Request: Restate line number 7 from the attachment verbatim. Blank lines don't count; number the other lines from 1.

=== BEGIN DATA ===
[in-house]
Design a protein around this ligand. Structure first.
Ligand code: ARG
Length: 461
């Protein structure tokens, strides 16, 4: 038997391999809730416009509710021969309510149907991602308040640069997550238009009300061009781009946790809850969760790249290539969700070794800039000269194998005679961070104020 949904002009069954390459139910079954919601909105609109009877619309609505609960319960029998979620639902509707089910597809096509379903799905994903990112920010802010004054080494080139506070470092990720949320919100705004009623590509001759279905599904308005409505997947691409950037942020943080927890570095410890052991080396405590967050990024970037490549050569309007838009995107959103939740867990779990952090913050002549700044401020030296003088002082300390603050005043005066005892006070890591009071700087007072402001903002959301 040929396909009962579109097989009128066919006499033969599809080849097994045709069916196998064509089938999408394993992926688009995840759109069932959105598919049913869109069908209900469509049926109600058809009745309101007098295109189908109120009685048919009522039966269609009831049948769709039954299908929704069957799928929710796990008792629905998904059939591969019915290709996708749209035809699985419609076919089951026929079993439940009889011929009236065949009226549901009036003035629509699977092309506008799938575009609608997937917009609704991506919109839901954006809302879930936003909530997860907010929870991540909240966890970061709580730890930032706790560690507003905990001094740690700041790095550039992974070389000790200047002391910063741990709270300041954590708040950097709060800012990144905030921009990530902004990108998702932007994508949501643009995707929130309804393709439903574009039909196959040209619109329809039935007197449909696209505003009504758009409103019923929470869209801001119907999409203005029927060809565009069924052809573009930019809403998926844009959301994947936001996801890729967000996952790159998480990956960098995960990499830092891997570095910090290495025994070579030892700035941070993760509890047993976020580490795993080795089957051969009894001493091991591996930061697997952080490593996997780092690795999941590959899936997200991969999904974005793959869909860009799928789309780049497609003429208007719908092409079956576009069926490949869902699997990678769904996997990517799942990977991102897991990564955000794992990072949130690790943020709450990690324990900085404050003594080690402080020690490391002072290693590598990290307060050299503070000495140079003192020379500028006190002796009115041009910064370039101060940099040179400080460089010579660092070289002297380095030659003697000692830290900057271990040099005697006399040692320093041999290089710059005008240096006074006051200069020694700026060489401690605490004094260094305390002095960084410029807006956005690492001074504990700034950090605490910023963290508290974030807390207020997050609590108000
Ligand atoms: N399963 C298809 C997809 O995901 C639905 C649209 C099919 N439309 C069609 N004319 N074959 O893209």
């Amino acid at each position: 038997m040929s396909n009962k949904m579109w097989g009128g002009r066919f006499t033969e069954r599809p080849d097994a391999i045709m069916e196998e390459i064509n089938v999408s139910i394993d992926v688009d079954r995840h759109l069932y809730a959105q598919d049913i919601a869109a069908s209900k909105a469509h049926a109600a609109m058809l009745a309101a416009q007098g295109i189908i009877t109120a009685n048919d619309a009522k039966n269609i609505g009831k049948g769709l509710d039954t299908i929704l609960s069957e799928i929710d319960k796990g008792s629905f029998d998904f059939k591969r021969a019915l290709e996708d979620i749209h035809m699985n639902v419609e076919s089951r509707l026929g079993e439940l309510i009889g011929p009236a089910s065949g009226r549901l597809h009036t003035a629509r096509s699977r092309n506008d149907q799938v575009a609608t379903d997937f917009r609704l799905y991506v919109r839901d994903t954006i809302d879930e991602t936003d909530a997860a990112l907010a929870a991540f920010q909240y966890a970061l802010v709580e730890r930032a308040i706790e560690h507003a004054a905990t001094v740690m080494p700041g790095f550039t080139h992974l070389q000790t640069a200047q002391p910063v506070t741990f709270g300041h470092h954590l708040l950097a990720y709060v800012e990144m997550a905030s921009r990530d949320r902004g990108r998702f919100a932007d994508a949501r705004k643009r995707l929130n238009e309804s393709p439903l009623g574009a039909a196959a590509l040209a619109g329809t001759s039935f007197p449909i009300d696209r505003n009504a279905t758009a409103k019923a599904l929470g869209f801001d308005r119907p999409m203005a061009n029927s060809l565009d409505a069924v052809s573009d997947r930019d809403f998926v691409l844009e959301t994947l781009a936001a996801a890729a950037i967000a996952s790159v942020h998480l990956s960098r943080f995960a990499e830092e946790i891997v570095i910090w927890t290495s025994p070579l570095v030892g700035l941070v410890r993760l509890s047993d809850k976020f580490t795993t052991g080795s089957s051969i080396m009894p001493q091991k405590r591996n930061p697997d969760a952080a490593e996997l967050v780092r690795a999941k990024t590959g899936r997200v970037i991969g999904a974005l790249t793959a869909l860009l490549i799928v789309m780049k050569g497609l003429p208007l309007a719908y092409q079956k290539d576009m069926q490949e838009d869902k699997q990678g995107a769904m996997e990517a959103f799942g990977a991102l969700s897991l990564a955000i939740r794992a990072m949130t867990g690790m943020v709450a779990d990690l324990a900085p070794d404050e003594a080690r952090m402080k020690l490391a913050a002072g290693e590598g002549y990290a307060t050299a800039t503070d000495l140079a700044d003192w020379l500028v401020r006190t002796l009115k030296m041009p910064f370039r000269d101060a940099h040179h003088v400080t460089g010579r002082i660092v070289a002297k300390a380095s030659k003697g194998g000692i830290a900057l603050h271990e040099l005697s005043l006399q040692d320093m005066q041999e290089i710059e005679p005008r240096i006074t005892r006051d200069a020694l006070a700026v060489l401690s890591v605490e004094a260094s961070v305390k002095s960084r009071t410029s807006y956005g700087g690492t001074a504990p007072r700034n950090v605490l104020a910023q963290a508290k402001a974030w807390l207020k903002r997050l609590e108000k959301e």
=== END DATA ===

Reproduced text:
């Amino acid at each position: 038997m040929s396909n009962k949904m579109w097989g009128g002009r066919f006499t033969e069954r599809p080849d097994a391999i045709m069916e196998e390459i064509n089938v999408s139910i394993d992926v688009d079954r995840h759109l069932y809730a959105q598919d049913i919601a869109a069908s209900k909105a469509h049926a109600a609109m058809l009745a309101a416009q007098g295109i189908i009877t109120a009685n048919d619309a009522k039966n269609i609505g009831k049948g769709l509710d039954t299908i929704l609960s069957e799928i929710d319960k796990g008792s629905f029998d998904f059939k591969r021969a019915l290709e996708d979620i749209h035809m699985n639902v419609e076919s089951r509707l026929g079993e439940l309510i009889g011929p009236a089910s065949g009226r549901l597809h009036t003035a629509r096509s699977r092309n506008d149907q799938v575009a609608t379903d997937f917009r609704l799905y991506v919109r839901d994903t954006i809302d879930e991602t936003d909530a997860a990112l907010a929870a991540f920010q909240y966890a970061l802010v709580e730890r930032a308040i706790e560690h507003a004054a905990t001094v740690m080494p700041g790095f550039t080139h992974l070389q000790t640069a200047q002391p910063v506070t741990f709270g300041h470092h954590l708040l950097a990720y709060v800012e990144m997550a905030s921009r990530d949320r902004g990108r998702f919100a932007d994508a949501r705004k643009r995707l929130n238009e309804s393709p439903l009623g574009a039909a196959a590509l040209a619109g329809t001759s039935f007197p449909i009300d696209r505003n009504a279905t758009a409103k019923a599904l929470g869209f801001d308005r119907p999409m203005a061009n029927s060809l565009d409505a069924v052809s573009d997947r930019d809403f998926v691409l844009e959301t994947l781009a936001a996801a890729a950037i967000a996952s790159v942020h998480l990956s960098r943080f995960a990499e830092e946790i891997v570095i910090w927890t290495s025994p070579l570095v030892g700035l941070v410890r993760l509890s047993d809850k976020f580490t795993t052991g080795s089957s051969i080396m009894p001493q091991k405590r591996n930061p697997d969760a952080a490593e996997l967050v780092r690795a999941k990024t590959g899936r997200v970037i991969g999904a974005l790249t793959a869909l860009l490549i799928v789309m780049k050569g497609l003429p208007l309007a719908y092409q079956k290539d576009m069926q490949e838009d869902k699997q990678g995107a769904m996997e990517a959103f799942g990977a991102l969700s897991l990564a955000i939740r794992a990072m949130t867990g690790m943020v709450a779990d990690l324990a900085p070794d404050e003594a080690r952090m402080k020690l490391a913050a002072g290693e590598g002549y990290a307060t050299a800039t503070d000495l140079a700044d003192w020379l500028v401020r006190t002796l009115k030296m041009p910064f370039r000269d101060a940099h040179h003088v400080t460089g010579r002082i660092v070289a002297k300390a380095s030659k003697g194998g000692i830290a900057l603050h271990e040099l005697s005043l006399q040692d320093m005066q041999e290089i710059e005679p005008r240096i006074t005892r006051d200069a020694l006070a700026v060489l401690s890591v605490e004094a260094s961070v305390k002095s960084r009071t410029s807006y956005g700087g690492t001074a504990p007072r700034n950090v605490l104020a910023q963290a508290k402001a974030w807390l207020k903002r997050l609590e108000k959301e």